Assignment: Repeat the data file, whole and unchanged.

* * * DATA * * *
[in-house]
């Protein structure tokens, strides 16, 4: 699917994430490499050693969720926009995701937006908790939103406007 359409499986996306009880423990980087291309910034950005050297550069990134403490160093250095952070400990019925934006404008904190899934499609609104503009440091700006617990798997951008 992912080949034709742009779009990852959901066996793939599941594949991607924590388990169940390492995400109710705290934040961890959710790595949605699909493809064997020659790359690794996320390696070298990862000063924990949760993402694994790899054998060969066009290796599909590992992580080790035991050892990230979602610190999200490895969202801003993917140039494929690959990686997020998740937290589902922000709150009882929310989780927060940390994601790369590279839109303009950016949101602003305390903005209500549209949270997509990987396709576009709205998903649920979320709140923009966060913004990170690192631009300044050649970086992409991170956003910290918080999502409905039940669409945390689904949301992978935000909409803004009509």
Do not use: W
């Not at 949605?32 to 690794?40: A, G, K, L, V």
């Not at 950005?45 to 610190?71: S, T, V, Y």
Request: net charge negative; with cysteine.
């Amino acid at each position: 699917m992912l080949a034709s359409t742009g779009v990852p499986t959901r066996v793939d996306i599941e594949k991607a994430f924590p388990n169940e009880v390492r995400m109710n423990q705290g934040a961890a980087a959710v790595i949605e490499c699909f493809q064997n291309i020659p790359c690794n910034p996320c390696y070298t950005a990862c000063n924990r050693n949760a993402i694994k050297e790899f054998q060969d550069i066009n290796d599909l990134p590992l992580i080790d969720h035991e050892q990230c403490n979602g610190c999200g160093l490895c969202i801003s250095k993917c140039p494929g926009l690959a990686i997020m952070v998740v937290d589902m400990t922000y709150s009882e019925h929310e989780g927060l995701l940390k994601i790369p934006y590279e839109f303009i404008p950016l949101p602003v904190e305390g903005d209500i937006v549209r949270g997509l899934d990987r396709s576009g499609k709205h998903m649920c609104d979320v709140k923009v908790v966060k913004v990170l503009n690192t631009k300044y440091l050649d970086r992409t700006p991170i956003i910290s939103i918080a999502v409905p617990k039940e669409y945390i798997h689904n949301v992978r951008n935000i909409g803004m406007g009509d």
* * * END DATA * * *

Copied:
[in-house]
């Protein structure tokens, strides 16, 4: 699917994430490499050693969720926009995701937006908790939103406007 359409499986996306009880423990980087291309910034950005050297550069990134403490160093250095952070400990019925934006404008904190899934499609609104503009440091700006617990798997951008 992912080949034709742009779009990852959901066996793939599941594949991607924590388990169940390492995400109710705290934040961890959710790595949605699909493809064997020659790359690794996320390696070298990862000063924990949760993402694994790899054998060969066009290796599909590992992580080790035991050892990230979602610190999200490895969202801003993917140039494929690959990686997020998740937290589902922000709150009882929310989780927060940390994601790369590279839109303009950016949101602003305390903005209500549209949270997509990987396709576009709205998903649920979320709140923009966060913004990170690192631009300044050649970086992409991170956003910290918080999502409905039940669409945390689904949301992978935000909409803004009509």
Do not use: W
């Not at 949605?32 to 690794?40: A, G, K, L, V």
């Not at 950005?45 to 610190?71: S, T, V, Y």
Request: net charge negative; with cysteine.
């Amino acid at each position: 699917m992912l080949a034709s359409t742009g779009v990852p499986t959901r066996v793939d996306i599941e594949k991607a994430f924590p388990n169940e009880v390492r995400m109710n423990q705290g934040a961890a980087a959710v790595i949605e490499c699909f493809q064997n291309i020659p790359c690794n910034p996320c390696y070298t950005a990862c000063n924990r050693n949760a993402i694994k050297e790899f054998q060969d550069i066009n290796d599909l990134p590992l992580i080790d969720h035991e050892q990230c403490n979602g610190c999200g160093l490895c969202i801003s250095k993917c140039p494929g926009l690959a990686i997020m952070v998740v937290d589902m400990t922000y709150s009882e019925h929310e989780g927060l995701l940390k994601i790369p934006y590279e839109f303009i404008p950016l949101p602003v904190e305390g903005d209500i937006v549209r949270g997509l899934d990987r396709s576009g499609k709205h998903m649920c609104d979320v709140k923009v908790v966060k913004v990170l503009n690192t631009k300044y440091l050649d970086r992409t700006p991170i956003i910290s939103i918080a999502v409905p617990k039940e669409y945390i798997h689904n949301v992978r951008n935000i909409g803004m406007g009509d």